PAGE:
Mike, as my conscience, suggested that I stay with the "industry standard" single-count of Severity.  One of his points was that PFMEA is not useful if it is not consistently applied and that standard PFMEA software does not support S*S*O*D.  I bow to Mike's superior wisdom and left the original text struck-through.

Since leaving a sponge or "sharp" implement in a patient can result in death, the Severity is 10.

I don't have any knowledge about how frequently "accidents" happen, but I will speculate that it happens once every 20,000 surgeries.  That would result in an "Occurence" rating of 2.

The standard of Detection is to manually count the sponges going in and to manually count them coming out.  I will rate that as a Detection level of 3, "Low likelihood of failure ...".  That may be overly generous.

So the PFMEA score for the current process is 10*2*3 = 60

Implementing an automated way of counting (as opposed to manual) changes the Detection to a 2 which drops the PFMEA from 60 to 40.  Furthermore, being able to scan the patient before they are sown shut could result in a detection level of 1 resulting in a PFMEA score of 20.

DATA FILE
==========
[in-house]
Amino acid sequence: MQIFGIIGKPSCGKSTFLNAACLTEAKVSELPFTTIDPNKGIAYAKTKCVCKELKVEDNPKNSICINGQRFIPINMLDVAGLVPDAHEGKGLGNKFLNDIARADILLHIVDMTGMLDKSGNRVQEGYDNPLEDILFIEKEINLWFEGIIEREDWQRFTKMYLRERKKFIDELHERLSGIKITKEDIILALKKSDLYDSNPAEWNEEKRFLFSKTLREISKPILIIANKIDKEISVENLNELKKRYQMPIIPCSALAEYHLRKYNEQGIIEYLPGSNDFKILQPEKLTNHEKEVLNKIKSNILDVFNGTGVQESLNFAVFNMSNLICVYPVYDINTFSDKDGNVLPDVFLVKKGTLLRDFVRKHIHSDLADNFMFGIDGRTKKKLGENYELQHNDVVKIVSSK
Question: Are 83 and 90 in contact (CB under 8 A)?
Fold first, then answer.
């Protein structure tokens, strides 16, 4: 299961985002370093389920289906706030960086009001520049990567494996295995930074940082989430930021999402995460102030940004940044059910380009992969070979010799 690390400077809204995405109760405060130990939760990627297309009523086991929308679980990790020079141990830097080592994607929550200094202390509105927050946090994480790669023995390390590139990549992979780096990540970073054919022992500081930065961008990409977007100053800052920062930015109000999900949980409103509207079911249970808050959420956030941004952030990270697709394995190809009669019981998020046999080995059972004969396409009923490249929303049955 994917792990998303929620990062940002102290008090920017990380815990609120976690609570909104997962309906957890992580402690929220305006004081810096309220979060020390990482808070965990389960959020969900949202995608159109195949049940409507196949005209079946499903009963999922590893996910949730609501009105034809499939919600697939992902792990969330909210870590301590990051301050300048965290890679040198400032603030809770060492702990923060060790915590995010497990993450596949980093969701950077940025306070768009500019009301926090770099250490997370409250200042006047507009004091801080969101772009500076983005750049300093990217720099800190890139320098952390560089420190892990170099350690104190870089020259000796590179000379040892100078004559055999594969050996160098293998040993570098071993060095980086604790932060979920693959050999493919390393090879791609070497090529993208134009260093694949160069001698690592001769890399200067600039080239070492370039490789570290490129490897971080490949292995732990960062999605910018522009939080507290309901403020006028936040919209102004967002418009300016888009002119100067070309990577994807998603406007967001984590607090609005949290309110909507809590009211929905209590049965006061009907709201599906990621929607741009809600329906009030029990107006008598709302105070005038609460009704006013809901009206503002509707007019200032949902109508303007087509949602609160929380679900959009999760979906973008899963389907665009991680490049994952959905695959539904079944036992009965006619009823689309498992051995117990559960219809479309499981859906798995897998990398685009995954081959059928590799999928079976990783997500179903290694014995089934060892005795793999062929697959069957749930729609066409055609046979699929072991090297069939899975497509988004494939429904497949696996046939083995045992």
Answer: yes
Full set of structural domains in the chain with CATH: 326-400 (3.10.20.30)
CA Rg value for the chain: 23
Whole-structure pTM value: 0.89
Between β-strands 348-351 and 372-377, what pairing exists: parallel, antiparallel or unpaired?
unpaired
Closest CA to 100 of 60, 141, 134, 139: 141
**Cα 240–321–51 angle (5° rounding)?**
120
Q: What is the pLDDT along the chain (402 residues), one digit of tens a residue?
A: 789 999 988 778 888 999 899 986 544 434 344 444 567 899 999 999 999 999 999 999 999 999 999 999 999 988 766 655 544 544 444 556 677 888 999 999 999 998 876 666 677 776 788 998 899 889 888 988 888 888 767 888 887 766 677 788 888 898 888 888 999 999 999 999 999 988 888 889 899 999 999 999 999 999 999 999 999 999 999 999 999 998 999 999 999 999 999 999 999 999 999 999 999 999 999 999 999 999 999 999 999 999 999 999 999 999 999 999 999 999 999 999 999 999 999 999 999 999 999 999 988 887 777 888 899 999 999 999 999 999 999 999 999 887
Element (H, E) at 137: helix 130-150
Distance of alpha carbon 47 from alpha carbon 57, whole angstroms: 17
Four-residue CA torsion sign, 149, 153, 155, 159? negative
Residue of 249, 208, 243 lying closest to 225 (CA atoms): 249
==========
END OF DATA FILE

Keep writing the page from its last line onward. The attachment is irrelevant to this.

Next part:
Implications:
The automotive industry gives each critical component like an air bag unique identification numbers when they "born"  The path of every air bag is "traceable".  With a few queries of a database, an analysis can tell you which trucks it rode on, when it was on those trucks, what warehouse and when it was stored in them .  Perhaps more important is that the analyst can tell you the numbers of the airbags siblings.  He can tell you what other air bags shared that truck when the bag was shipped.  He can tell you the air bags that were in the warehouse the same time as the one you have in your hand.

Why that could be useful
Suppose an air bag (or a surgical sponge) is identified as sub-standard.  The flaw may be due to manufacturing variation or contamination during shipping or storage.  It could be due to product tampering by a bad person.

Imagine how useful it would be to identify, quarantine and inspect all products that might have similar defects...with a few commands typed into a keyboard.

Wouldn't it be grand to be able to instantaneously quarantine suspect material and keep it out of patients?  In the case of malicious tampering or theft, wouldn't it be grand to be able to quickly narrow down the "where" and "when"?  That should make it much easier to find the "who".